“We don’t have money problems anymore.” Imagine hearing that in your church. That’s exactly what one of my Catalytic Church Growth Pastors told me last week. It’s like a breath of fresh air, isn’t it? But let’s be real – even in churches where the offering plate seems always full, there’s never enough cash to cover all the dreams and needs we have for our ministries. Our world’s needs are just too big, too pressing.
But hey, this isn’t a doom and gloom chat. I’m here to share some hope and some proven ideas to boost your church’s giving. But let’s talk about the elephant in the room first – money. It’s kinda like that awkward family topic no one wants to touch. A lot of pastors would rather walk over hot coals than preach about finances. Why? Because it often feels like we’re always asking, asking, asking. And let’s face it, nobody likes to be on the receiving end of that all the time.
Then there’s the whole offering time. How many times have we seen those moments turn into a snooze fest with spreadsheets and out-of-touch scripture quotes? It’s like trying to inspire a teenager with a lecture on quantum physics. And transparency? Some churches are so hush-hush about their finances that it feels like they’re guarding state secrets. On the other hand, others are so obsessed with budgets and numbers that they forget what they’re all there for. Remember that bit in the Bible about money being the root of all kinds of evil? It’s not just about greed; it’s about obsessing over money (and money issues!).
But there’s good news – it doesn’t have to be like that. You can create a church culture that reflects generosity and support. And no, it’s not a quick fix. Changing culture is like running a marathon with a couple of sprints thrown in. It takes time, patience, and a good bit of elbow grease. Stick with me, and let’s dive into how storytelling, transparent budgets, and building a giving culture can turn your church into a place where “We don’t have money problems anymore” is the norm, not the exception.
Storytelling: The Heartbeat of Effective Church Giving
Ever gotten one of those fundraising letters from your college or a big-time nonprofit like World Vision or United Way? If you’ve got one lying around, take a peek at what’s missing. You won’t find a word about their budget woes or a sob story about running out of cash. And you definitely won’t see any doom-and-gloom threats about cutting back on their work if you don’t chip in. Instead, these letters are filled of hope and success stories. They spotlight folks who’ve been lifted up by the organization, thanking supporters like you for making it all happen. And once they’ve inspired you by what’s going on, they share a vision of how many more lives will be inspired when they finish building their new library, expand their facilities, or share some other hope-inducing vision. These letters are upbeat, forward-looking, and, let’s be honest, pretty darn inspiring. They’re not just asking for your support; they’re showing you, in living color, why it matters.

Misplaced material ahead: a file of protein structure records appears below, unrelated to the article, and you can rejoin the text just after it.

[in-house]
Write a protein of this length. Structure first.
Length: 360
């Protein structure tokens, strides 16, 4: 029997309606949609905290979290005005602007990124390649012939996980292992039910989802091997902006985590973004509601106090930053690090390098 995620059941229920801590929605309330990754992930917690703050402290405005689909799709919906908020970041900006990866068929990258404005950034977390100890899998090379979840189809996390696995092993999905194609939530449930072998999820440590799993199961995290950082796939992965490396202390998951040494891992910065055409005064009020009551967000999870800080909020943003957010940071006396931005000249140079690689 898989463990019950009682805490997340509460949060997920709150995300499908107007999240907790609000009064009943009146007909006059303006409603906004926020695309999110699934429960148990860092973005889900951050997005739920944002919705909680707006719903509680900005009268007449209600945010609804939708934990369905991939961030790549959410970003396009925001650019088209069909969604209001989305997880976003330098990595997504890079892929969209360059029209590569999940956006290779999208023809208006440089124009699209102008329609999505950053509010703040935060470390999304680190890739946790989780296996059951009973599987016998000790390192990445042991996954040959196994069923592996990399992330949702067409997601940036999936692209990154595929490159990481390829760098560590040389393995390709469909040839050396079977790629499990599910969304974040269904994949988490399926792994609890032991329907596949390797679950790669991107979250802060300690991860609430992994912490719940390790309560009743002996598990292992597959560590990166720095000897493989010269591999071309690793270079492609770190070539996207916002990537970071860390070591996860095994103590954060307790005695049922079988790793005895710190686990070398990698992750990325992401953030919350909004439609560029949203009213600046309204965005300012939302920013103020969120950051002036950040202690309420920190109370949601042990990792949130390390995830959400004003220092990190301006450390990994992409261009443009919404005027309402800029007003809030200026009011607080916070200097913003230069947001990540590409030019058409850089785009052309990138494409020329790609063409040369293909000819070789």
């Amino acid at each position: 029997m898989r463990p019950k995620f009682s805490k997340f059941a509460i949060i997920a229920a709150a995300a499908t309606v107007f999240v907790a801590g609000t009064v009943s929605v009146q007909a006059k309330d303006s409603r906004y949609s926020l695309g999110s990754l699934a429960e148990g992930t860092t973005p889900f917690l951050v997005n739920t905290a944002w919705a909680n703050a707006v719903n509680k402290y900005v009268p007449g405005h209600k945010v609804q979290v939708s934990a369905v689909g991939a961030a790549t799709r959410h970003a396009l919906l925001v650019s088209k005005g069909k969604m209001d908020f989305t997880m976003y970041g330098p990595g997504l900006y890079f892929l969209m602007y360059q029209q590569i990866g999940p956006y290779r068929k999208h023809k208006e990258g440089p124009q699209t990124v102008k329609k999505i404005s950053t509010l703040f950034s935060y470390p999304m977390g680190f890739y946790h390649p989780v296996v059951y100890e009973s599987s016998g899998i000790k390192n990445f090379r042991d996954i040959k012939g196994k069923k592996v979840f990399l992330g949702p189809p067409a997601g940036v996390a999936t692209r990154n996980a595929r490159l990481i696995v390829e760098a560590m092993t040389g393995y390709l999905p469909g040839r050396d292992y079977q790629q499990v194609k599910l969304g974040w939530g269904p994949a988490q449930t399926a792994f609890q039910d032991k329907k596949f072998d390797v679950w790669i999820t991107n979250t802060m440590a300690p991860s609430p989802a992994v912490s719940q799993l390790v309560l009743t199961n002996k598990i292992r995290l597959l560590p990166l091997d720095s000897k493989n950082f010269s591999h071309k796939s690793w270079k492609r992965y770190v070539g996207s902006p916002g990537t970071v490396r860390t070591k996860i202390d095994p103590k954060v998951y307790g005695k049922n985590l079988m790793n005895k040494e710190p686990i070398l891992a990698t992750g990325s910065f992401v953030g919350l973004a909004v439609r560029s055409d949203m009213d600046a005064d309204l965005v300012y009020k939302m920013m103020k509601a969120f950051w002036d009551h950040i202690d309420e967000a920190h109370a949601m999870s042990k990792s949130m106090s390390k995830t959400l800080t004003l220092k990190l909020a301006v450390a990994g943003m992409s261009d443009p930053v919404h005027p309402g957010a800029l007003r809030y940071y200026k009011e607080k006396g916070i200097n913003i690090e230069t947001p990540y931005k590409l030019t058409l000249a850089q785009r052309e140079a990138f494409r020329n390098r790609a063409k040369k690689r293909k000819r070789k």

On the other hand, let’s turn the lens on our churches. Think about what we hear from the pulpit, read in the newsletter, or the usual spiel during offering time. It’s often a far cry from those energizing letters, right? No wonder church giving sometimes feels like pulling teeth. But what if we flipped the script?
Storytelling is the answer. We need to be on the lookout for those heartwarming, life-changing stories happening right in our ministries. Maybe it’s the adult who found a new path through your church’s 12-step program, the kid who’s thriving thanks to your foster care focus, or the teenager who’s fired up about ministry after being part of your youth group. These stories don’t just warm the heart; they open wallets.
But here’s the key: we’ve got to be intentional about collecting these gems. Most churches have a membership database, right? That’s a perfect tool for collecting, tracking, and accessing these stories. And when it comes to sharing them, think video. Get those who’ve been touched by your church to share their journey on camera (with their okay, of course). These videos can be gold – use them in services, on social media, your website, you name it. And don’t forget to transcribe them for your newsletter, bulletin, and more.